Forum for Science, Industry and Business

Sponsored by:     3M 
Search our Site:

 

MU Researcher Identifies Factors to Help Parents and Professionals Recognize Teens in Distress

05.10.2012
Youths who harm themselves should be connected with positive adult influences and mental health services before behaviors escalate
Suicide is the third-leading cause of death for teens, according to the Centers for Disease Control and Prevention. Now, a University of Missouri public health expert has identified factors that will help parents, medical professionals and educators recognize teens at risk for self injury and suicide.

“For many young people, suicide represents an escape from unbearable situations—problems that seem impossible to solve or negative emotions that feel overwhelming,” said Lindsay Taliaferro, an assistant professor of health sciences at MU. “Adults can help these teens dissect their problems, help them develop healthful coping strategies, and facilitate access to mental health care so their problems don’t seem insurmountable.”

Taliaferro analyzed data from the 2007 Minnesota Student Survey to pinpoint factors associated with self injury. More than 60,000 Minnesota high school students completed the survey that assessed their health behaviors. Of those who completed the survey, more than 4,000 teens (roughly the same size as the student bodies at two large high schools) reported injuring themselves in the past year. Nearly half of those who reported self injury also had attempted suicide.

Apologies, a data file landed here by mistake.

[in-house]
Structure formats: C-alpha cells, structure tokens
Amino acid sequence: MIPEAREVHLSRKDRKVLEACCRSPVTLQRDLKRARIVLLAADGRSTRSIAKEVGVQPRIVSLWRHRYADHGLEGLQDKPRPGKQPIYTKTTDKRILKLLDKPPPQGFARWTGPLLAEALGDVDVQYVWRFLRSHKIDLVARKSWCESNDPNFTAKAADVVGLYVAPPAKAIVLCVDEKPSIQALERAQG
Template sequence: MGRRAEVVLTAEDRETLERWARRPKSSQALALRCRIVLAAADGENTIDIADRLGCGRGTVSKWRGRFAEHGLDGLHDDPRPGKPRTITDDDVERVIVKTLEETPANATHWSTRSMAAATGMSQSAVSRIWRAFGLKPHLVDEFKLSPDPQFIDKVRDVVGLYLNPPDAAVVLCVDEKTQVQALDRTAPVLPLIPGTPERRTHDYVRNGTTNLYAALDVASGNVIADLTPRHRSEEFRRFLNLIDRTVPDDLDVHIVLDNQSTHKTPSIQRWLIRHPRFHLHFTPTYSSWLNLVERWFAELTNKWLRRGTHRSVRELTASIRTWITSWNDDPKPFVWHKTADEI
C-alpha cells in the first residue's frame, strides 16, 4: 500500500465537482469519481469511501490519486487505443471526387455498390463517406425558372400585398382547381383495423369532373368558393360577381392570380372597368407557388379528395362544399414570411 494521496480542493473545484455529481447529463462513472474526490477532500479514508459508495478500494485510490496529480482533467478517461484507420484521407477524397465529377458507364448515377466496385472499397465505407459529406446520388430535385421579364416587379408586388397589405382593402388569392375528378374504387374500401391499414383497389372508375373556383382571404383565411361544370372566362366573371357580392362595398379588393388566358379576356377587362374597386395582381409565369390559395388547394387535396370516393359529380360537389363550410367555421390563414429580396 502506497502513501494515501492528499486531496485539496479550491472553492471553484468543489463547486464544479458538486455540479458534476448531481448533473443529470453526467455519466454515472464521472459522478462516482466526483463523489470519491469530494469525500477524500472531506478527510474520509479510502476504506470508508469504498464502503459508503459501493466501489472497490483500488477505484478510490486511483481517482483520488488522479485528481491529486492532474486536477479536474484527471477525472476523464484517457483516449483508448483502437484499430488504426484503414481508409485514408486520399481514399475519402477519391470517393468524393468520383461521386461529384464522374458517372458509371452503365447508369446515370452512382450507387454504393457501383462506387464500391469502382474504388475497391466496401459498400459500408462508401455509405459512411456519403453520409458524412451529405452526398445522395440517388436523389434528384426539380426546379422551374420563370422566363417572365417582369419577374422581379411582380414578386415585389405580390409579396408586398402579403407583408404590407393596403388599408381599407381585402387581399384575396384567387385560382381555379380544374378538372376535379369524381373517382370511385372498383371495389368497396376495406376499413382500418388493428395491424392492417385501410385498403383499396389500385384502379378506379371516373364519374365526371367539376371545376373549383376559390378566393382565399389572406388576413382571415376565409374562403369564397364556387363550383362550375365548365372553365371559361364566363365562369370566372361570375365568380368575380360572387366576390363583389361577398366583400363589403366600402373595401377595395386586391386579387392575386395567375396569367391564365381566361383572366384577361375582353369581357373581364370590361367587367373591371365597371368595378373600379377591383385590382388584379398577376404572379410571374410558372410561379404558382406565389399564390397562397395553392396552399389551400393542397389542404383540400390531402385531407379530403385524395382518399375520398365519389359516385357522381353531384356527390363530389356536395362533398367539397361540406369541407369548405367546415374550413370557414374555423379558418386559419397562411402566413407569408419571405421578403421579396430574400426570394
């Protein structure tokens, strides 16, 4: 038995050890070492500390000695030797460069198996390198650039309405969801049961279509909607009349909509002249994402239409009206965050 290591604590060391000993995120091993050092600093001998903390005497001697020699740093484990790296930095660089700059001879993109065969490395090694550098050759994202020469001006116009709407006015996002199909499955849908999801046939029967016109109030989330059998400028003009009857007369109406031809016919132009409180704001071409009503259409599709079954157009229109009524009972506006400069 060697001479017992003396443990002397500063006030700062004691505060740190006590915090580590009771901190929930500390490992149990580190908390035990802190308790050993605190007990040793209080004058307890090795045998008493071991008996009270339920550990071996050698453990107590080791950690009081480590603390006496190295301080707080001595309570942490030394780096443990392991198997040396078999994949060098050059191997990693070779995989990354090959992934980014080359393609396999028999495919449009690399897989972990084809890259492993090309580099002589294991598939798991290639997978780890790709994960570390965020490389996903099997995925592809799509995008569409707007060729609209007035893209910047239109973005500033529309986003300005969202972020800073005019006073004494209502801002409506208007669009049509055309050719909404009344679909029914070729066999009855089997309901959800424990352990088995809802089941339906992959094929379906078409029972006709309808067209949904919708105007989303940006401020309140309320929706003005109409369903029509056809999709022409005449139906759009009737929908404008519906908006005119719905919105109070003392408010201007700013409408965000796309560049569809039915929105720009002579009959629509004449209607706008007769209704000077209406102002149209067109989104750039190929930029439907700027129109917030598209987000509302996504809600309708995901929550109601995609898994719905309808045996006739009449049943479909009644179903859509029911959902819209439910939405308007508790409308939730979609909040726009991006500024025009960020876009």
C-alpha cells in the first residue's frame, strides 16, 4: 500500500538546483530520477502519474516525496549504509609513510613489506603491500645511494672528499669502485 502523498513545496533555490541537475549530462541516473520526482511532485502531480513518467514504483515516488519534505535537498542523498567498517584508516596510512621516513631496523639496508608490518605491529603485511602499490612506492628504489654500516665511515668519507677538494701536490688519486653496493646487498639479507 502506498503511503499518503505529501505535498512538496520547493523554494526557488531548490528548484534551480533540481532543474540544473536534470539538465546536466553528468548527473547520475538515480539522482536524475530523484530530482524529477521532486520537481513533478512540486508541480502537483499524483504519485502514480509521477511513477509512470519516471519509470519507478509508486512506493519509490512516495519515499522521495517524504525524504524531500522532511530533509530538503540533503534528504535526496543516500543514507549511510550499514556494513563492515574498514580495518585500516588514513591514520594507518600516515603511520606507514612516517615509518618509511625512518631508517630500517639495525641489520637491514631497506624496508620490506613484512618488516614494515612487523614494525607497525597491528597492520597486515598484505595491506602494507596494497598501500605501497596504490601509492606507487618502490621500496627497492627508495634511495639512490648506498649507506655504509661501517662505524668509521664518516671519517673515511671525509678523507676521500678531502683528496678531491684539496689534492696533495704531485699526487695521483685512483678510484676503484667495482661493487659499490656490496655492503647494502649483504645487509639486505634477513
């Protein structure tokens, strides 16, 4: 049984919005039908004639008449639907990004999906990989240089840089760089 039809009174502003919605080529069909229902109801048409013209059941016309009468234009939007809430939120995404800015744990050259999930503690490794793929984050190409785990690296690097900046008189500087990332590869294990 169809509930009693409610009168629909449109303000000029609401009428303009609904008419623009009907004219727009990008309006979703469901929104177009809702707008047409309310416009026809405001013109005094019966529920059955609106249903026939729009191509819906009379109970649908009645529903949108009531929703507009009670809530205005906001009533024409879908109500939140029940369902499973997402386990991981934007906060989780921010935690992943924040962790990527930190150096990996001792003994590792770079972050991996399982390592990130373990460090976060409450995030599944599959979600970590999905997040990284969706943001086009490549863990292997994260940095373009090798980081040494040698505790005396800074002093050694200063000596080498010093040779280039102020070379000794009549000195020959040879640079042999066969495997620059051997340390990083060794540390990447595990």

“Of the teens who engaged in non-suicidal self injury, hopelessness was a prominent factor that differentiated those who attempted suicide from those who did not have a history of suicide attempts,” Taliaferro said.

Parents, teachers and medical professionals sometimes avoid talking to teens about self harm because they aren’t sure how to help, Taliaferro said.

“Adults don’t need to solve all the teens’ problems, but they should let the teens know they have safe persons they can talk to,” Taliaferro said. “Sometimes just talking about their feelings allows young people to articulate what they’re going through and to feel understood, which can provide comfort.”

Taliaferro recommends that parents strengthen connections with their teens and help foster connections between their children and other positive adult influences.

“One of the most important protective factors against teens engaging in self injury was parent connectedness, and, for females, connections with other prosocial adults also were associated with reduced likelihood of engaging in self injury,” Taliaferro said. “Parents are extremely valuable influences in their children’s lives.”

Although parents play influential roles in teens’ lives, Taliaferro said mental health professionals are the best resources for troubled teens. Medical professionals, such as primary care physicians, can also serve crucial roles by identifying teens who self injure and referring them to community support systems and mental health specialists before their behaviors escalate, Taliaferro said.

The Department of Health Sciences is part of the MU School of Health Professions. Taliaferro’s study, “Factors Distinguishing Youth Who Report Self-Injurious Behavior: A Population-Based Sample,” was published in Academic Pediatrics. She collaborated with researchers at the University of Wisconsin-Eau Claire, the University of Minnesota and the Pennsylvania State University.

Jesslyn Chew | EurekAlert!
Further information:
http://www.missouri.edu

More articles from Social Sciences: